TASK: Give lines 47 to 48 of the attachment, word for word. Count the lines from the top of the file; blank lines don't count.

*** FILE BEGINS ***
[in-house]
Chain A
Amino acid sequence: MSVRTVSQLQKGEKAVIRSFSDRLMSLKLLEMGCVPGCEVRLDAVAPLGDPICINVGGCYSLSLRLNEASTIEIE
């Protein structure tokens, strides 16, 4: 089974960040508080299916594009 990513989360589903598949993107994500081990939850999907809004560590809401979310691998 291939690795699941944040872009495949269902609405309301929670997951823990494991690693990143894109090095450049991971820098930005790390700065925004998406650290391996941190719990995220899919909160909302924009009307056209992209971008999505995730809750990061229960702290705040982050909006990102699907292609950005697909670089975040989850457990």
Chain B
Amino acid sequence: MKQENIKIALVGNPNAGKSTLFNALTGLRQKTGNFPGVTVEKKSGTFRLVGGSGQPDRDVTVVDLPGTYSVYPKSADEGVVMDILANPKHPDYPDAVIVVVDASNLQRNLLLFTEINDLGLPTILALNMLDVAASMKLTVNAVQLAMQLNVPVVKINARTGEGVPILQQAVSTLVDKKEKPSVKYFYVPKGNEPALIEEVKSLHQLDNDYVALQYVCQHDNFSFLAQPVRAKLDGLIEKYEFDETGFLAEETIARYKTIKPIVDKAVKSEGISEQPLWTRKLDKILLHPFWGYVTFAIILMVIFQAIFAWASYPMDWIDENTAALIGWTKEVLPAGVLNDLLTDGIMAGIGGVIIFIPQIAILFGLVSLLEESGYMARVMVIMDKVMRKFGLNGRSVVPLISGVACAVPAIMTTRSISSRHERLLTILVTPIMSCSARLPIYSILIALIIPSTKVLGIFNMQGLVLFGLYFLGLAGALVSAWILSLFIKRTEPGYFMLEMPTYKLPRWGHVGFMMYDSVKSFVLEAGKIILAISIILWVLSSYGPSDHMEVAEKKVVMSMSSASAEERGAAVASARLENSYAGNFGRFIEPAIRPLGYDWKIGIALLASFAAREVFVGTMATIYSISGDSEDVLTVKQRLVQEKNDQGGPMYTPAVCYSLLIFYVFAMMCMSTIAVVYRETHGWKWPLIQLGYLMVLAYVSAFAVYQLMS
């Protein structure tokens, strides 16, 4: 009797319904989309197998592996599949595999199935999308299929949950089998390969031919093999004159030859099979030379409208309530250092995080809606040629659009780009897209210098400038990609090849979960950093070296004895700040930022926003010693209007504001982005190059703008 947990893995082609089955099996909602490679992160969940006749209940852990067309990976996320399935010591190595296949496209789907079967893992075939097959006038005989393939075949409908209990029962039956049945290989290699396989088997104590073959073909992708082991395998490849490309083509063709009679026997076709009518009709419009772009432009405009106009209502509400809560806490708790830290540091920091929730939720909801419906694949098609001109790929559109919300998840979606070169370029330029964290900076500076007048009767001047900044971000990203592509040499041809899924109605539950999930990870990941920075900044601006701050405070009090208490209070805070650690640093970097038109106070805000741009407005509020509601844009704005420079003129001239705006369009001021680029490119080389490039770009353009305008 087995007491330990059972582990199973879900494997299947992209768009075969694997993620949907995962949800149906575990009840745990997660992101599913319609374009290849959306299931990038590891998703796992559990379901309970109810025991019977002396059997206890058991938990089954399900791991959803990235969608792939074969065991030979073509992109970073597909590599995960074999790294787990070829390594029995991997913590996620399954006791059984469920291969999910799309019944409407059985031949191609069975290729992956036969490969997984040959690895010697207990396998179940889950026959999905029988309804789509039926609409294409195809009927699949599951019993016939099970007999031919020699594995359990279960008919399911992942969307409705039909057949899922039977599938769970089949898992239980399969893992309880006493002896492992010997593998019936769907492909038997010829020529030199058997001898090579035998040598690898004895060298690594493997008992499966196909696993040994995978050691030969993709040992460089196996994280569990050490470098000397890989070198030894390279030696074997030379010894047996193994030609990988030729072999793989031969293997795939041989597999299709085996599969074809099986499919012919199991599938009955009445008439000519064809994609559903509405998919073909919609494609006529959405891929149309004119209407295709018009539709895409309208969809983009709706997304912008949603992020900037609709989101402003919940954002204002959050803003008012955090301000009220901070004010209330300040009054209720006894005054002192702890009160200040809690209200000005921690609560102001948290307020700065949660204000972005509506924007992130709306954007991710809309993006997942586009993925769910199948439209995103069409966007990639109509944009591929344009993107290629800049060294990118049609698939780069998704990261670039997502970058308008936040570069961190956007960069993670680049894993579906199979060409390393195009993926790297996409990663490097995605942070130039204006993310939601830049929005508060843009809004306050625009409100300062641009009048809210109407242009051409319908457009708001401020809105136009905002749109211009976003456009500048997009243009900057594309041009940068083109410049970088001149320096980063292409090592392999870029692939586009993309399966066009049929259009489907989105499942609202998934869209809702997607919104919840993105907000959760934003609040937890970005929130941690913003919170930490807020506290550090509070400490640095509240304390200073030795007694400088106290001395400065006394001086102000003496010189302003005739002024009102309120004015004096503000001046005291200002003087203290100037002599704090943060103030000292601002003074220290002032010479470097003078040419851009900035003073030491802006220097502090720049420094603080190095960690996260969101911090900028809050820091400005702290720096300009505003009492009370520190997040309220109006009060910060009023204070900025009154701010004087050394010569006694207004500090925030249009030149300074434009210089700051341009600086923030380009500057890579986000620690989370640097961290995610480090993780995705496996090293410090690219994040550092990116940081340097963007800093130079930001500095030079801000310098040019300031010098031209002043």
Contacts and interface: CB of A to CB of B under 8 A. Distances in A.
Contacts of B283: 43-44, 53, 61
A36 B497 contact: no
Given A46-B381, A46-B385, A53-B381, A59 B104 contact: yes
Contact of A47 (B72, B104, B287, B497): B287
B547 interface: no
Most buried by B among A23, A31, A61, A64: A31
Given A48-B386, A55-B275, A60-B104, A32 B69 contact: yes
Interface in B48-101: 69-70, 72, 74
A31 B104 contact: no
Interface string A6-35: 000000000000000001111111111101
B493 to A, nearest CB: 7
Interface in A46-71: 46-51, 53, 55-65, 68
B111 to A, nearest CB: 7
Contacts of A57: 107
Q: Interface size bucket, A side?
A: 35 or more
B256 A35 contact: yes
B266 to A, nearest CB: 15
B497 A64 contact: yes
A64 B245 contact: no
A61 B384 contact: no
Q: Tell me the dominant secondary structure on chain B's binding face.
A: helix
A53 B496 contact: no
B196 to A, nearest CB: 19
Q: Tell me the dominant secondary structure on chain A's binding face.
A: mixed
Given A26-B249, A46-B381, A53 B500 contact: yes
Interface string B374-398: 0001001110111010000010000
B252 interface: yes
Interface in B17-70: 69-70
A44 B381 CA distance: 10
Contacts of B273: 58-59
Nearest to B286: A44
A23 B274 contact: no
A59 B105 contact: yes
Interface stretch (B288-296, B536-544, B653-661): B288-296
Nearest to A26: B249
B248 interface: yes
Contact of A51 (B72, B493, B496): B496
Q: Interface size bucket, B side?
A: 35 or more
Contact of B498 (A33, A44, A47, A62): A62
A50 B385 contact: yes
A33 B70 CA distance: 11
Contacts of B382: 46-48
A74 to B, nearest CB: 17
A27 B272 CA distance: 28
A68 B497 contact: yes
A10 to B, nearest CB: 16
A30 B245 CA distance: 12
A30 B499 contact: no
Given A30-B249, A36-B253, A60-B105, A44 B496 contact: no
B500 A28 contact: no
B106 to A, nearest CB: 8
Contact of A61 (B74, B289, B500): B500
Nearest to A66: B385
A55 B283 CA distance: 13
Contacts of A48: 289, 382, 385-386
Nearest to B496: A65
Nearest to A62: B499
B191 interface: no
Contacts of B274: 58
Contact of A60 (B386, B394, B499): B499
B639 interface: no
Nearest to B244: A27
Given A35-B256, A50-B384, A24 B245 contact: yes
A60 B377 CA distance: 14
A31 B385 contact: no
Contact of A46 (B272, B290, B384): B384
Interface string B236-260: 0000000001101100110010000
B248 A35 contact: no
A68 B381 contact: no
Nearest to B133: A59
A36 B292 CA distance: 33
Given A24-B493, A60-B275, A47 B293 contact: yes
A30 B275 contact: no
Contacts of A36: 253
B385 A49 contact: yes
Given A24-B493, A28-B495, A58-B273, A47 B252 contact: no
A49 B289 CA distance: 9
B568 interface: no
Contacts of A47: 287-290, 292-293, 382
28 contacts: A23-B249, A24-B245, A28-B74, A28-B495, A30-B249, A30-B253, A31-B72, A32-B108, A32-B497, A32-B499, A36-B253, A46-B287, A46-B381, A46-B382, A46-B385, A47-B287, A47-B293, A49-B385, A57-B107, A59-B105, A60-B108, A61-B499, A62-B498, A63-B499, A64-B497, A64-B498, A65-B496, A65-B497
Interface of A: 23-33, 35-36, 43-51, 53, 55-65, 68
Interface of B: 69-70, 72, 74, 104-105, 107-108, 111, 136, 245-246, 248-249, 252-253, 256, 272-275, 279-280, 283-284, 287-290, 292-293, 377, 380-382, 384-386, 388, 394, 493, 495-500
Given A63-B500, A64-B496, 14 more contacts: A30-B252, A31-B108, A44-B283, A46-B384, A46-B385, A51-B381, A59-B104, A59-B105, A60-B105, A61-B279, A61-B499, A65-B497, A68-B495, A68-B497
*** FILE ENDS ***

B248 interface: yes
Contact of A51 (B72, B493, B496): B496